I hit a bit of a reading slump this weekend. I’d finished reading a big epic fantasy series, so I wanted something completely different. I dug through my to-be-read stash, looking for something along the lines of a romantic comedy, and I ran into an annoying trend.

I picked up one book that seemed to be a nice women’s fiction kind of story with a heroine close to my age, but the beginning of the blurb was along the lines of “She thought she had the perfect life, but then her husband left her for another woman and her teenage daughter got in trouble …” I wasn’t in the mood for a recovering from divorce and dealing with a troubled teenager book, so I picked up something more chick-litty. That one was about a 30-year-old who thought her life was over when her long-term boyfriend broke off their engagement, and now she has to deal with her cousin who’s getting married, and she’s realized she has nothing else going on in her life because she’s let her career and other interests slide. My reaction was along the lines of, “Oh, honey, no. Get a life.” I think I could have handled the book if it really had been about her finding her own life, but it seemed to mostly be about her juggling men.

Why does it seem to be that most of the changes in a woman’s life in books seem to be driven by men? There’s the whole subgenre of “my husband dumped me for a younger woman and now I have to find myself” in women’s fiction. There’s the subgenre popular in British books of “my boyfriend dumped me, so I’ll move to a village and run a bookstore/bakery/cafe.”

Not to mention, it’s nearly impossible to find a contemporary-set book about a heroine over 40 without a blurb that starts along the lines of “after her husband left her/cheated, she and her teenage daughter …” And it usually seems to be a romantic relationship that “fixes” her problems.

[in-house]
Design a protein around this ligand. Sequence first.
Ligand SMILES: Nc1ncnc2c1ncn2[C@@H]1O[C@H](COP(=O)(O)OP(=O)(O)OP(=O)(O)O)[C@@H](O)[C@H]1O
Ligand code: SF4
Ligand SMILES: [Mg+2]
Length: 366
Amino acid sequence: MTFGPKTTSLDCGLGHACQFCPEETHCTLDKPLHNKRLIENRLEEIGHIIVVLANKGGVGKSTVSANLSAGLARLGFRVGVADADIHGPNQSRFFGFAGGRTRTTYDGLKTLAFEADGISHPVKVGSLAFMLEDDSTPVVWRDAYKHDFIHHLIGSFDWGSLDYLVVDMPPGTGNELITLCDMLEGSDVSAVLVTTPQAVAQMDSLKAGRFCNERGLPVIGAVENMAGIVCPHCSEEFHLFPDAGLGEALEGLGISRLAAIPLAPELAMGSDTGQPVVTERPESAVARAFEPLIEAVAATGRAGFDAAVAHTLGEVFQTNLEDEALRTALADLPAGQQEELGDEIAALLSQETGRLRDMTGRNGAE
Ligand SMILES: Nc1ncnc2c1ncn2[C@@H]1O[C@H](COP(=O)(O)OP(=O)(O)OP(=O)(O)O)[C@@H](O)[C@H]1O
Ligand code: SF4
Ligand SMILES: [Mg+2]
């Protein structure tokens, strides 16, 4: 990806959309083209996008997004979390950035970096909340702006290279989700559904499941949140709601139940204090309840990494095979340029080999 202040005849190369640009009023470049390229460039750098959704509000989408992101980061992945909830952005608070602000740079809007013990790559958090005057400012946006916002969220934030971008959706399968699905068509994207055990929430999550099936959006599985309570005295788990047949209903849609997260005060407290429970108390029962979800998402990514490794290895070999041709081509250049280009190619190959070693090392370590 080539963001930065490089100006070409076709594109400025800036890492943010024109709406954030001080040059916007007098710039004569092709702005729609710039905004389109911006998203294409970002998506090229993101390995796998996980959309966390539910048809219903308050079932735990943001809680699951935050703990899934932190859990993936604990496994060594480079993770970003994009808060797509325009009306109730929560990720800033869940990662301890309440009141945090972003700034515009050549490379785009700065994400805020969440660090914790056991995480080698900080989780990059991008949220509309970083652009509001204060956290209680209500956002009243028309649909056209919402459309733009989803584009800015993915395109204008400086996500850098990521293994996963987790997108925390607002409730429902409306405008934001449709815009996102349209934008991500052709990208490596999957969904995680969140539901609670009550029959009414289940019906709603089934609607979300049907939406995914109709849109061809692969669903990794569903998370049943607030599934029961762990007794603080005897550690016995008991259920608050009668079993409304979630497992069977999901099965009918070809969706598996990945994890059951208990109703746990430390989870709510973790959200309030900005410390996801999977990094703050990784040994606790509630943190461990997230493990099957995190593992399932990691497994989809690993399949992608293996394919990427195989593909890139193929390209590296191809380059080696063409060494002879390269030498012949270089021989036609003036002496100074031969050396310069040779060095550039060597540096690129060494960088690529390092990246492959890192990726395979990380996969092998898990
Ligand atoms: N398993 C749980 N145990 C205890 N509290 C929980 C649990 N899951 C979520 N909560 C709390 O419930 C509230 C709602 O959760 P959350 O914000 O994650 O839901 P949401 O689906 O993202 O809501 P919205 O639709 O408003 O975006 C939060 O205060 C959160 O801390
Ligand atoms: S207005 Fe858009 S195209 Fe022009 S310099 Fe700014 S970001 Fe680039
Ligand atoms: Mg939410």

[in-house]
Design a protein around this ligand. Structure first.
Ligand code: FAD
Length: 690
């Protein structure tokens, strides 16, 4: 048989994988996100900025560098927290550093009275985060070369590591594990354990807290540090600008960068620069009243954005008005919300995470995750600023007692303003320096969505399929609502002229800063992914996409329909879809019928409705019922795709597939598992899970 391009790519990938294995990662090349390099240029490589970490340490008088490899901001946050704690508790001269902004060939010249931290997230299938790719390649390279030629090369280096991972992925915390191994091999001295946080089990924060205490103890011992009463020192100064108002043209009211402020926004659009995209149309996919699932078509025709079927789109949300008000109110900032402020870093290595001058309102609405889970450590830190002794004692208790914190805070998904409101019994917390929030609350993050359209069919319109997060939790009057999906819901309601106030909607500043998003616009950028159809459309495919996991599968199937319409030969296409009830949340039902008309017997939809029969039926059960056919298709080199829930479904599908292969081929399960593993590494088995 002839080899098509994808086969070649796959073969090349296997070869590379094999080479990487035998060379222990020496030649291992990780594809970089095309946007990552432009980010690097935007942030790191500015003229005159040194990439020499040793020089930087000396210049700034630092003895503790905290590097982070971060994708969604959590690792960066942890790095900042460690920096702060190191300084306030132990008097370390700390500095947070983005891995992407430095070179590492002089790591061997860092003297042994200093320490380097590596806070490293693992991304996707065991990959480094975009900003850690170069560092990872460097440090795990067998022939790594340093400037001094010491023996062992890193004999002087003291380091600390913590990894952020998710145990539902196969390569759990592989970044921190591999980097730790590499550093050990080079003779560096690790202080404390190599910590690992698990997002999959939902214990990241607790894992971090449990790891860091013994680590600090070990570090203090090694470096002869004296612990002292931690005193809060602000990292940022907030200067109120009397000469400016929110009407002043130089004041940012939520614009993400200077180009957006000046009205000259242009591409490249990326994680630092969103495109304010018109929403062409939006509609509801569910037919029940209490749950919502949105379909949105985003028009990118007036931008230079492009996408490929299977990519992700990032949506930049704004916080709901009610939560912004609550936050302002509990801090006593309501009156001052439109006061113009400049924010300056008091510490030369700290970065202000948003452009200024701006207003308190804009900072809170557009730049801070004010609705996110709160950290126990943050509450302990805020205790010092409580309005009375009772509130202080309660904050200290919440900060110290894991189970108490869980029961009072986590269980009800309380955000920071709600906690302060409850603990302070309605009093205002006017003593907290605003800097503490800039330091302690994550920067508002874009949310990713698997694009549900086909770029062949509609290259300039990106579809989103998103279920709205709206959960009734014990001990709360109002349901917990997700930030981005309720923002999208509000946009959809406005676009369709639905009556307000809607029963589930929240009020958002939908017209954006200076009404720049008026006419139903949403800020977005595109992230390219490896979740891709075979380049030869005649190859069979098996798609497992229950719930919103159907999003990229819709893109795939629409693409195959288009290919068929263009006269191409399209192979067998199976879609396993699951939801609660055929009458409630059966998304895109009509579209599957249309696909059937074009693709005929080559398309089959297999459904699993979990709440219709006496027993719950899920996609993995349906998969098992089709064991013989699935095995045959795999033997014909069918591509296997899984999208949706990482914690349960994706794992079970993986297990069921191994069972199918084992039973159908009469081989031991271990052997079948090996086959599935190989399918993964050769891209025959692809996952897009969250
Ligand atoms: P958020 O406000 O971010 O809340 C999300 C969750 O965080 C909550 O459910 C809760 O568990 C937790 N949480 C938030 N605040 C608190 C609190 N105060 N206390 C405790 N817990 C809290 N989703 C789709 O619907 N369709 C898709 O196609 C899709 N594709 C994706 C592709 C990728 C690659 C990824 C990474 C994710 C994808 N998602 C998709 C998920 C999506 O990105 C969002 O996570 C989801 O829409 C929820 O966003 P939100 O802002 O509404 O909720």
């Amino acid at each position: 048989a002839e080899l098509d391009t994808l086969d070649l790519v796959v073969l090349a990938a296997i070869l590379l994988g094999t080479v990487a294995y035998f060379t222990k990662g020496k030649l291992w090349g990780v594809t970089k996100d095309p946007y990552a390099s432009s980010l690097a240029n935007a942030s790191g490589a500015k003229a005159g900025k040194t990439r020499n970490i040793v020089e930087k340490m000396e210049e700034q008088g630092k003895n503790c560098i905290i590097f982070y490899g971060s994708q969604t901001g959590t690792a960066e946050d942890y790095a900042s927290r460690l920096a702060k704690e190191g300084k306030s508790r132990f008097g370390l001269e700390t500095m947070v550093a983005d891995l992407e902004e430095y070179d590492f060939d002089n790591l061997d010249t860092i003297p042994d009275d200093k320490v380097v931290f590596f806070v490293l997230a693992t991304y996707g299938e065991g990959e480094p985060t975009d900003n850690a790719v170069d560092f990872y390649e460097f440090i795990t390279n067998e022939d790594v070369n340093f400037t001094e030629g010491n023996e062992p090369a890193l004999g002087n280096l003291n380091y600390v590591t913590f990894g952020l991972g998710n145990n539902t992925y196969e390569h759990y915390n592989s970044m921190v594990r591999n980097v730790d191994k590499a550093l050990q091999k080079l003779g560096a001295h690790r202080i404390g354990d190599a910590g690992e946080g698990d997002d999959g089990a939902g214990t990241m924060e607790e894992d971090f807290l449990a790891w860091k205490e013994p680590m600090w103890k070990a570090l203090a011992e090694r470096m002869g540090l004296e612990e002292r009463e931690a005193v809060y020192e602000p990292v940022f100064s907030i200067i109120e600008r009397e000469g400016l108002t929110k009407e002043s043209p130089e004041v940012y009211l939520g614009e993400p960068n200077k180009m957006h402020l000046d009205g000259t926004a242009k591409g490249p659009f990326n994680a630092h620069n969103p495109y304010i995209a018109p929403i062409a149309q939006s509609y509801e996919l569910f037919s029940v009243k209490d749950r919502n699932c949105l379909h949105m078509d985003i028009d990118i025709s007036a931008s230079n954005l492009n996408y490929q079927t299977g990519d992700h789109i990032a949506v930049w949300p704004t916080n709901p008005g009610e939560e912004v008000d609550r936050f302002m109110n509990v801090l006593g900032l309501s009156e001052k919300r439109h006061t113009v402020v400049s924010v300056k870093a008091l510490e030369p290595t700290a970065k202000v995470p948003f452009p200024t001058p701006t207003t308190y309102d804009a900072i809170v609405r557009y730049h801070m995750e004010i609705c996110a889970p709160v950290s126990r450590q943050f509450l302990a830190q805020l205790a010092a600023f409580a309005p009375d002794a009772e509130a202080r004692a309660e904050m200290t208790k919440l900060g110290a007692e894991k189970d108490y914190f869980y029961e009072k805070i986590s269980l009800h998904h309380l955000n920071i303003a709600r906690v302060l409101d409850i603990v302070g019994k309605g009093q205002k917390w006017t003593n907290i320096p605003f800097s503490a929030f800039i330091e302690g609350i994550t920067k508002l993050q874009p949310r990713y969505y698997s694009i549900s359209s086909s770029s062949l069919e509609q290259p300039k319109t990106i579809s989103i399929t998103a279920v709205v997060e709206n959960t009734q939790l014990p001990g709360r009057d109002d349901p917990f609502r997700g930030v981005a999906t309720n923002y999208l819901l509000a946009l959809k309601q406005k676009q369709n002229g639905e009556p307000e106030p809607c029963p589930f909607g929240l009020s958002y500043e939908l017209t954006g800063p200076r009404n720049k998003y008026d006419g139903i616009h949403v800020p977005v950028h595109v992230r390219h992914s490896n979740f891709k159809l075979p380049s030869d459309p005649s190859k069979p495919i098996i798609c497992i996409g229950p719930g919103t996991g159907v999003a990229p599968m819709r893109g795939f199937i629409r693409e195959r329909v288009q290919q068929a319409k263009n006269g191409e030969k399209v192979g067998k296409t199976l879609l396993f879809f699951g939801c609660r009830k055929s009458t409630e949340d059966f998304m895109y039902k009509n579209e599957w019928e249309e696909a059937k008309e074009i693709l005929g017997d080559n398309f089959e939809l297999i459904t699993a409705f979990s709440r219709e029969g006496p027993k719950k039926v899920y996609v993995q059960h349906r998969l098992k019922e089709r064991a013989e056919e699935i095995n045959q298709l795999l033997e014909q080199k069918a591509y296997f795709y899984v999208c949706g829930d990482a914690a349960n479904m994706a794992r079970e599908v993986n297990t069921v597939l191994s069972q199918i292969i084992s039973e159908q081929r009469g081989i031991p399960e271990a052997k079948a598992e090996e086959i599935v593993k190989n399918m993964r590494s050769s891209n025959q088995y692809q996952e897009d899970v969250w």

During all this dissatisfying reading this weekend (I tossed a couple of books after chapter 3), I realized that I’m having two different reading cravings, and my attempts to search for this sort of thing came up empty, so if it’s out there, I’m looking in the wrong categories or using the wrong search terms.

One is a light romantic comedy with some slight paranormal element — something along the lines of my Christmas book, but right now I don’t want it to be about Christmas. So, no full-on magical world like in my Enchanted, Inc., stories. More like one mystical element, like maybe the heroine’s wishes start coming true, or she gets the ability to read men’s thoughts (a la What Men Want), or a Groundhog Day kind of scenario in which she lives the same day over until she gets it right, or she gets to go back in time to fix one thing, etc. “Paranormal romance” mostly seems to get you a lot of shifter/witch/vampire, etc., books. “Fantasy romance” seems to be more of the full-blown fantasy world sort of thing. “Magical realism” is more literary and more about theme.